Read from Israel National News:
Fatah to Israel: Do What We Want, or Face Intifada
If Israel does not agree to terms laid out by the PA, Fatah recommends a new intifada to for Israel to give the PA what it wants
f Israel does not surrender all the lands liberated in the Six Day War of 1967, set up an Arab state with Jerusalem as its capital, and make significant concessions in accepting as citizens descendants of Arabs who fled Israel in 1948, a third intifada should, and must, be conducted. The call for a new “uprising of the people” against Israel was part of a the summation statement issued at the end of the two day Palestinian Revolutionary Council (PRC) general meeting held this week. The meeting was led by Palestinian Authority chief and Fatah party head Mahmoud Abbas.
The statement declares its support for Abbas' ongoing refusal to back down from positions that have proven unacceptable to Israel in the past, including demands that Israel agree in principle to accept as citizens descendants of Arabs who fled their in 1948. Abbas has also declared that he will refuse to discuss anything with Israel until all activity is ended. That precondition has also been unacceptable to Israel, but in its statement, the PRC said that it supported Abbas on that as well.
The PAanother attempt to be recognized as a state by the United Nations this year. Last year, the PA statehood bid was thwarted after many months of intense diplomatic activity by Israel, but analysts said that the PA was less likely to back down this time, and would insist that the matter be brought before the Security Council.
The statement also expresses ongoing support for attempts to reunite Fatah and Hamas in the PA government. It also praised the election of Mohammed Morsi as President of Egypt, saying that it “indicates that Egypt is on the way toits major role in the Arab world."
And if that doesn't work, they can always push statehood at the UN.
From Israel Matzav:
'Palestinians' to push for 'statehood' again?
Behind the scenes, the Palestinians have even tried to lay a foundation for the coming showdown in September. Hillary Zaken of the Times of Israel first reported that Abbas was angling to use the U.N.'s Rio+20 conference on sustainable development, held June 20 to 22 in Brazil, "to advance the PA's status in the eyes of the international community." Indeed, Abbas wanted Palestine to be identified as nothing less than a state at the conference, despite the fact that the U.N. had not yet done so. The Palestinian ambassador to Brazil, Ibrahim Alzeben, later admitted that he was angling for "full-status participation," while Israel, the United States, and Canada werereportedly fighting this on the sidelines, and apparently prevailed.Here's my bet: If God forbid Obama wins, there will be a 'Palestinian state' - or at least full US support for one - almost immediately. You can look for all parties to drag out the approval vote if it looks like there's a good chance that Obama will be reelected.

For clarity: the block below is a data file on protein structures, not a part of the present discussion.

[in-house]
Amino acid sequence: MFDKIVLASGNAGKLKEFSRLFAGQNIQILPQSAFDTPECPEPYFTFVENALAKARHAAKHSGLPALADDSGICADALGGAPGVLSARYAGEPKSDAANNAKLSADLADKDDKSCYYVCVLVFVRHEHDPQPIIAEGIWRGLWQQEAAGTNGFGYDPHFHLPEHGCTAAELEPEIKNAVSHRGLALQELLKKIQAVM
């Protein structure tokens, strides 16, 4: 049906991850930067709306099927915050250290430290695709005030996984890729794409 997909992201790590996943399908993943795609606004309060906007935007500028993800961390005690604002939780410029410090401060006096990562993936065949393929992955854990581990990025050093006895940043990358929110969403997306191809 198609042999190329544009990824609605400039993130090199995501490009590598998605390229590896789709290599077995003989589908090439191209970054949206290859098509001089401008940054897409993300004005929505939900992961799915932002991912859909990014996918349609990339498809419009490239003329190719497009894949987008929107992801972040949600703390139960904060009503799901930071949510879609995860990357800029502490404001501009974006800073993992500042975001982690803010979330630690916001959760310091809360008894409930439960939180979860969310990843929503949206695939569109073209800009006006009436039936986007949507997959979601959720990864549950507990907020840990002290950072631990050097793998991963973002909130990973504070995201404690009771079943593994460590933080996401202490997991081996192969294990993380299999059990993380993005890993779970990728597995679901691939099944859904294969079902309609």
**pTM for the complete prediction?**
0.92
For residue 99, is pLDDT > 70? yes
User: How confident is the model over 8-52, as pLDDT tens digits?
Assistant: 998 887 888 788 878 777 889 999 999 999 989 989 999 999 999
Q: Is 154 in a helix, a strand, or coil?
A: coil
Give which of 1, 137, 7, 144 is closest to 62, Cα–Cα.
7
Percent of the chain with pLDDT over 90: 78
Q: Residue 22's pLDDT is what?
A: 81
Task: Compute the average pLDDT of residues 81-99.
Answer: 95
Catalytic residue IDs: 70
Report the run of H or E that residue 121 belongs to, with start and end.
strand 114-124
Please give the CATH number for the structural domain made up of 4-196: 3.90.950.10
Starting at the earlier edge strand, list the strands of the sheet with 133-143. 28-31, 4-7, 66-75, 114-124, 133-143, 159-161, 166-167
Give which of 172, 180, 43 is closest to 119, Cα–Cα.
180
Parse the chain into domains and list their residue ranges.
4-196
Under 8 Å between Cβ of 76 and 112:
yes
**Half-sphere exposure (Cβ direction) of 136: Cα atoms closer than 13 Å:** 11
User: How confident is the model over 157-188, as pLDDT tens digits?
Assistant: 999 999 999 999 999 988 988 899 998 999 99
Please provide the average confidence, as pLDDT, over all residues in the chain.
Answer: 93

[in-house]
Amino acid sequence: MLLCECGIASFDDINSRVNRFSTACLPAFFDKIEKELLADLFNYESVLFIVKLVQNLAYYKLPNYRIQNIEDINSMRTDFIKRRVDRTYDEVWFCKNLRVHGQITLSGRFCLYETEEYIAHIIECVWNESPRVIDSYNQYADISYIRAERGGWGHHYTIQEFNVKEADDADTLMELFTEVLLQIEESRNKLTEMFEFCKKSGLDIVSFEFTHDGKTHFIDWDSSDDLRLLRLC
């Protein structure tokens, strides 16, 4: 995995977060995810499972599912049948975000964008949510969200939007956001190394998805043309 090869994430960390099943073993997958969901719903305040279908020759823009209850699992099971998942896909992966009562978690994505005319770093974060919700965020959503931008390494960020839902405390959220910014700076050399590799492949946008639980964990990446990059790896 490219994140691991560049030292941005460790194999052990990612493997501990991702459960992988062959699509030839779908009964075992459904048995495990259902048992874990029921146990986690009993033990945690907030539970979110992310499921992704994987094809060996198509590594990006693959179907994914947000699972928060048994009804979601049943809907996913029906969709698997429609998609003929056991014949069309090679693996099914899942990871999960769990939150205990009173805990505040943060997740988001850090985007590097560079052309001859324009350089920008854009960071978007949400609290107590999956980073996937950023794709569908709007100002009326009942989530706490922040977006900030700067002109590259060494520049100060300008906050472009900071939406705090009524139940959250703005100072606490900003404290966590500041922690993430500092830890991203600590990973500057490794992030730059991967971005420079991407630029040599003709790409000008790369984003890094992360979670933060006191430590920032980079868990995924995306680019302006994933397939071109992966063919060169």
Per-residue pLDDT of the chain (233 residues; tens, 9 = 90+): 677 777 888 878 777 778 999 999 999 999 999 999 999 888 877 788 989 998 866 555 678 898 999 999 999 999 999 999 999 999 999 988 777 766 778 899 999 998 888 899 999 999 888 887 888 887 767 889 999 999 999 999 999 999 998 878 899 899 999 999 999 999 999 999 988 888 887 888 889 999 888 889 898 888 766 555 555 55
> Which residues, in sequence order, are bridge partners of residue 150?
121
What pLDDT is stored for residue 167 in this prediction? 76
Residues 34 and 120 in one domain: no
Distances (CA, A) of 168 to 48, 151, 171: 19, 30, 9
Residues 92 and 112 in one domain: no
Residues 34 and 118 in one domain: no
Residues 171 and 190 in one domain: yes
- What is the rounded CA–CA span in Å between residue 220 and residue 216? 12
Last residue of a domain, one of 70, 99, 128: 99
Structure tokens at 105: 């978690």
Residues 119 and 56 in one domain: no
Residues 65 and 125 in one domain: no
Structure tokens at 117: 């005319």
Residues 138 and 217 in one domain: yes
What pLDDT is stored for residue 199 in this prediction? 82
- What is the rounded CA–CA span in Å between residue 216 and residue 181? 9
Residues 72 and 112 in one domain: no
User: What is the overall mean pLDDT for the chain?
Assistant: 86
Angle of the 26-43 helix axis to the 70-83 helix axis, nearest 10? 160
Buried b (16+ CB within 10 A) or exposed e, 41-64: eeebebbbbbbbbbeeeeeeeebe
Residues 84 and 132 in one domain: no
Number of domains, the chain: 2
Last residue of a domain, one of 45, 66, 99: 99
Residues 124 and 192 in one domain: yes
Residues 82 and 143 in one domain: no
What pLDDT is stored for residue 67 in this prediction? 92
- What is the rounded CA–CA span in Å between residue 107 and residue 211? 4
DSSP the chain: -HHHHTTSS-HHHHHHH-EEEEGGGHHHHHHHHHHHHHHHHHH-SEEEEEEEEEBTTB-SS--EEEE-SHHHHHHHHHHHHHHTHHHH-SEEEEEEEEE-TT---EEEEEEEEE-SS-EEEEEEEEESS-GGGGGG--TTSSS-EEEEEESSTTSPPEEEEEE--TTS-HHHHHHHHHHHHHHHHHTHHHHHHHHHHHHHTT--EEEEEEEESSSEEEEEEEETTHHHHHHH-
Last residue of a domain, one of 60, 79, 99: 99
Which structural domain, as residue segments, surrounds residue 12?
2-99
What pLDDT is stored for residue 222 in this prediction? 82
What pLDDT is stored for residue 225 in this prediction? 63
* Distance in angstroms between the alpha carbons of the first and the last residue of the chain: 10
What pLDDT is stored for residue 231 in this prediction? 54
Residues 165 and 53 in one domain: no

Similarly, in early June, the same three countries cried foul when Palestinian U.N. observer Riyad Mansour was treated as a representative of a state during a meeting of signatories to the U.N. Convention on the Law of the Sea. As the U.N.'s online summary account notes, the Canadian delegation protested where the Palestinian observer was seated, noting that it "did not recognize a Palestinian State" and that the seating arrangement "might create a 'misleading impression.'"
The Palestinians, notwithstanding such resistance from the Great White North, actually have broad international support for their initiative. The PLO's Negotiations Affairs Department claims that 128 countries back the notion of a Palestinian state, and the number could be as high as 140. Either way, this is enough support at the General Assembly, in the words of Abbas during a recent trip to Paris, "to obtain the status of nonmember state, as is the case for the Vatican."
But Abbas will need to weigh this international support against the wall of resistance he's getting from Washington. In an interview with the Saudi Okaznewspaper, Erekat said that U.S. President Barack Obama's administration was threatening to suspend aid and close down the PLO mission in Washington if the Palestinians returned to the U.N.
Obama cannot afford to stand back and watch the Palestinians play for statehood as he campaigns for his reelection. If the Palestinians make it across the finish line at the General Assembly, Obama's domestic critics will charge that he threw Israel under the bus.
Abbas, now 77, smokes more than a pack of cigarettes a day, and he is keenly aware of the passing of time. He has failed to deliver peace. He has failed to deliver unity. Statehood may be his last opportunity to leave any meaningful legacy.
September may be his moment. Again. But it may also be the moment where Washington blocks him. Again.
If Obama loses, he will cut a deal with which he will try to stick his successor (presumably Romney) along the lines of the US committing to support a 'Palestinian state' bid in 2013 if the 'Palestinians' and Israel do not reach an agreement on one by then.
What could go wrong?
Read the whole thing.